Enrico Rava / Enrico Rava Quintet

The Words and the Days

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Enrico Rava's 2004 outing, Easy Living, marked not only his return to the ECM label after a 17-year absence, but the complete maturation of his quintet, which at that time had been gigging together for four years. The Words and the Days sees most of the same band return with one major chair: Rava's great foil, pianist Stefano Bollani who released his acclaimed solo piano album on the label, has been replaced by the fluid, more percussive Andrea Pozza. The program consists of seven Rava originals, a cover of Don Cherry's "Art Deco" performed as a wonderfully warm and spirited duet with trombonist Gianluca Petrella, one each by drummer Roberto Gatto ("Traps"), and bassist Rosario Bonaccorso ("Sogni Proibiti" ["Forbidden Dreams"]), and a version of Russ Freeman's "The Wind," written as a vehicle for the late Chet Baker. Typical of this quintet recording, Rava digs into the jazz tradition and brings to it his lyrical gift as a composer, an improvising soloist and an arranger. His reading of "The Wind" is a fine example. Keeping Baker's sparseness in phrase, he infuses it with the echoing presence of Petrella, playing just a shade behind the melody, and then playing only parts of it and adding a bit of humor and drama to the work to make it a bit noir-ish rather than a straight nostalgia piece. Gatto's dancing brush work adds to the present tense understanding of the tune and is underscored by Pozza's painterly piano lines. Only the bassline by Bonaccorso keeps the tune rooted in history.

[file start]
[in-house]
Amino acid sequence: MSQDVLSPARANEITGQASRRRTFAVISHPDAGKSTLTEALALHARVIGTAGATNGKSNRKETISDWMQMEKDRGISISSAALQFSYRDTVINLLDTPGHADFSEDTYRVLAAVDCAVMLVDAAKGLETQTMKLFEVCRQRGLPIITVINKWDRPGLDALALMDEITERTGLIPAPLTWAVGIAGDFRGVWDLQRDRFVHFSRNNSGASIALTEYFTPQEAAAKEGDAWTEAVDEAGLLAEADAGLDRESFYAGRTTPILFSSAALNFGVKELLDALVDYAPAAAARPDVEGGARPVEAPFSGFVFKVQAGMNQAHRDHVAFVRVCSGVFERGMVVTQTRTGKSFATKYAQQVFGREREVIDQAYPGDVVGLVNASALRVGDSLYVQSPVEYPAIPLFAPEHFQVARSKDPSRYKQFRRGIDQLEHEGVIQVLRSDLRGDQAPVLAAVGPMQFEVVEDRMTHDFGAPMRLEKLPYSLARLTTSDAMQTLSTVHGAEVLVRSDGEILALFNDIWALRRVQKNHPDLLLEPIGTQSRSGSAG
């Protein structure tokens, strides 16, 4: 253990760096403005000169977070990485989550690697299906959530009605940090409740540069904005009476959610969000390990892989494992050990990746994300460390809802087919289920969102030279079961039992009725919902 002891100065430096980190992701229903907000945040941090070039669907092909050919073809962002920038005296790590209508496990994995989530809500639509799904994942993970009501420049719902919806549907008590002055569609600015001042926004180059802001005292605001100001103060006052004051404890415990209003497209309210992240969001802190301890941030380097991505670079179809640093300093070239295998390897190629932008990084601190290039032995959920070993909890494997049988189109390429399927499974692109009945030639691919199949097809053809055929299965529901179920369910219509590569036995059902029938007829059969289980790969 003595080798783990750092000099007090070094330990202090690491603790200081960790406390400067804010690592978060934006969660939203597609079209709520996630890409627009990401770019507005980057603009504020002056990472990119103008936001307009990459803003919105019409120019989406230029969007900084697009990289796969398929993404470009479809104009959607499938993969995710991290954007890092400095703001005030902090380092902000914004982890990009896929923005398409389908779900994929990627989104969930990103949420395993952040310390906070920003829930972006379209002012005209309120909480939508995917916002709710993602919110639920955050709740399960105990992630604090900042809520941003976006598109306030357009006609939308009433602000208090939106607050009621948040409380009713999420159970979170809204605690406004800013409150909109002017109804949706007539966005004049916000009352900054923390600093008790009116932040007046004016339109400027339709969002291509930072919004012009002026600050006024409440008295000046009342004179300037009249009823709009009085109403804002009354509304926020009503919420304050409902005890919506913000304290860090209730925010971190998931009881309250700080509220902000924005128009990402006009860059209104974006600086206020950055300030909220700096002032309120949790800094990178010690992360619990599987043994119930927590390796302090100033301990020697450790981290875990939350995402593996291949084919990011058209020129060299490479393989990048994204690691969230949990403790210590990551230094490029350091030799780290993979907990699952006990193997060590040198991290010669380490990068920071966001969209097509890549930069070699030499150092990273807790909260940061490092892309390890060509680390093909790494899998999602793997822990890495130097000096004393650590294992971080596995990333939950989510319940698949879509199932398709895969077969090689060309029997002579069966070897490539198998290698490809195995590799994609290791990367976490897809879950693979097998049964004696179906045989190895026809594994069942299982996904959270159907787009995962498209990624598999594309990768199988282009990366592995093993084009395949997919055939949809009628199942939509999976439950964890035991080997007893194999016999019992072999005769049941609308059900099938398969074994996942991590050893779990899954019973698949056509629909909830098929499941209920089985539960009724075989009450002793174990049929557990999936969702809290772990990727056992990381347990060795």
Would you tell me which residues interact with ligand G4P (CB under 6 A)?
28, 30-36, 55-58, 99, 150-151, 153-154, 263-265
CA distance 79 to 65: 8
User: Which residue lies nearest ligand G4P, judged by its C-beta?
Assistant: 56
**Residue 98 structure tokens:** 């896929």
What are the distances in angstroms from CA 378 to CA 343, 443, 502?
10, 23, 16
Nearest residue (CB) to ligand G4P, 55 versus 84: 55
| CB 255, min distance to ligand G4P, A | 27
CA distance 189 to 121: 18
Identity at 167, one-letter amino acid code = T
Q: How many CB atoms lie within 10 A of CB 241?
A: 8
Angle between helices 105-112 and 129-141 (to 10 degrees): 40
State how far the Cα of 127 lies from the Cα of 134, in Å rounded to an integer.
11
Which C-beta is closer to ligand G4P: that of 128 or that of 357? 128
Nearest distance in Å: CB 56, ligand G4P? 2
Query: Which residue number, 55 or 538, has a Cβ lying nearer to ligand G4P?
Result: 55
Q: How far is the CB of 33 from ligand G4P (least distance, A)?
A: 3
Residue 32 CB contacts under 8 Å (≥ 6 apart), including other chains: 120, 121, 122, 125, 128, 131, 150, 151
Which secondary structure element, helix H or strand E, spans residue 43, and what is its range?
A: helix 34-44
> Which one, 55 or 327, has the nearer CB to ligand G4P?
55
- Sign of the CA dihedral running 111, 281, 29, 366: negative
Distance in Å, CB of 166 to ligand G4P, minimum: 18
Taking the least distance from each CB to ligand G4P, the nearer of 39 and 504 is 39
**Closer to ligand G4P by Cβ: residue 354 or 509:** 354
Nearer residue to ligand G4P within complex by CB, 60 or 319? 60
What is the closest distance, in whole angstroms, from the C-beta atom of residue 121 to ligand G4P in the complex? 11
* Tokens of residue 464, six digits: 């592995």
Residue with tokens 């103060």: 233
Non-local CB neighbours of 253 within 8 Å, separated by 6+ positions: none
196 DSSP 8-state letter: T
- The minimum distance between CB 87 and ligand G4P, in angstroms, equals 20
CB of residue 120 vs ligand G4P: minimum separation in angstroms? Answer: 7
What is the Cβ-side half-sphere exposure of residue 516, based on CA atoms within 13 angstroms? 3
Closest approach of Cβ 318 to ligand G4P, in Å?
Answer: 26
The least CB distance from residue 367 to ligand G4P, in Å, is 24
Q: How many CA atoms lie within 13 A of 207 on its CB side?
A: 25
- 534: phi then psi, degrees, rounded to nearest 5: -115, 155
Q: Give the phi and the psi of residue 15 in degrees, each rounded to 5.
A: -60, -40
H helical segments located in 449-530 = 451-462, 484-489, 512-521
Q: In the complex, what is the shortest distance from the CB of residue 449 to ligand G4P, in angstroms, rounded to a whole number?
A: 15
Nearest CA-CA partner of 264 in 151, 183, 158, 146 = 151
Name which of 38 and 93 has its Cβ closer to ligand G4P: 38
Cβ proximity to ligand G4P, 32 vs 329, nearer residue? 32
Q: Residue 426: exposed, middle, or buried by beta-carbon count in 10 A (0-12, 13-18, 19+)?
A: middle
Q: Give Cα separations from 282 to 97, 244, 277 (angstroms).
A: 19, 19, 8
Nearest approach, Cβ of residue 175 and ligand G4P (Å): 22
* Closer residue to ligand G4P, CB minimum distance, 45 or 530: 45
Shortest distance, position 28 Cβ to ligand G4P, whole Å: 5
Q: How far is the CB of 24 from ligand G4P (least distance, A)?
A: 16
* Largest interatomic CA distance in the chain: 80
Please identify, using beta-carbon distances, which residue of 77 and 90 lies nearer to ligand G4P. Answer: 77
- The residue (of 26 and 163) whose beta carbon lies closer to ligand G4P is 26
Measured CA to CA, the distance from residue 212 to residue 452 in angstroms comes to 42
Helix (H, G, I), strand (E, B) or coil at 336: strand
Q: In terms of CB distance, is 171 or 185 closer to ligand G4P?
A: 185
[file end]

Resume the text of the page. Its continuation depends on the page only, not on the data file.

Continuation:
Conversely, "Echoes of Duke," which immediately proceeds from it, is a firm case in point of Rava's view of jazz tradition as living in the present and pointing to the future. Using the scuttlebutt rhythmic impulses of the Jimmy Blanton-Ben Webster band and the lyric improvisation of Ellington's great brass frontliners, Rava nonetheless moves the tune just outside enough to be a new and sprightly read on the blues. "Serpent" is an abstract piece that roots itself in the skeletal remnants of Miles Davis' modal period in the mid- to late '60s. The blues are everywhere present, but they are stretched almost to the breaking point, and Pozza's commanding, empathic solo here is nearly breathtaking. The final piece, the nine-minute "Dr. Ra and Mr. Va," is the best example of the ensemble's inner dialogue, wrapping a minimal chart in grand poetic designs. Rava's solo offers hints as to where he wants the band to go, and they don't just follow, they end up on the frontline with him. It begins so warm and leisurely it's deceptive. There is a lot of spatial organizing going on here. Despite the chart, there are moments of improvisation happening in the lyric, and in its harmonic interpolation by Pozza and then Petrella. The tune is like a Möbius strip, changing places with itself throughout its length. Once more, Rava dazzles with his grasp of the languages of jazz: its textures, its rhythms, its dynamics and above all, of course, its secretive and inventive melodic improvisation. There is no let down here from Easy Living; The Words and the Days is a worthy companion that confidently stands not in the previous recording's shadow, but on a ledge of its own.

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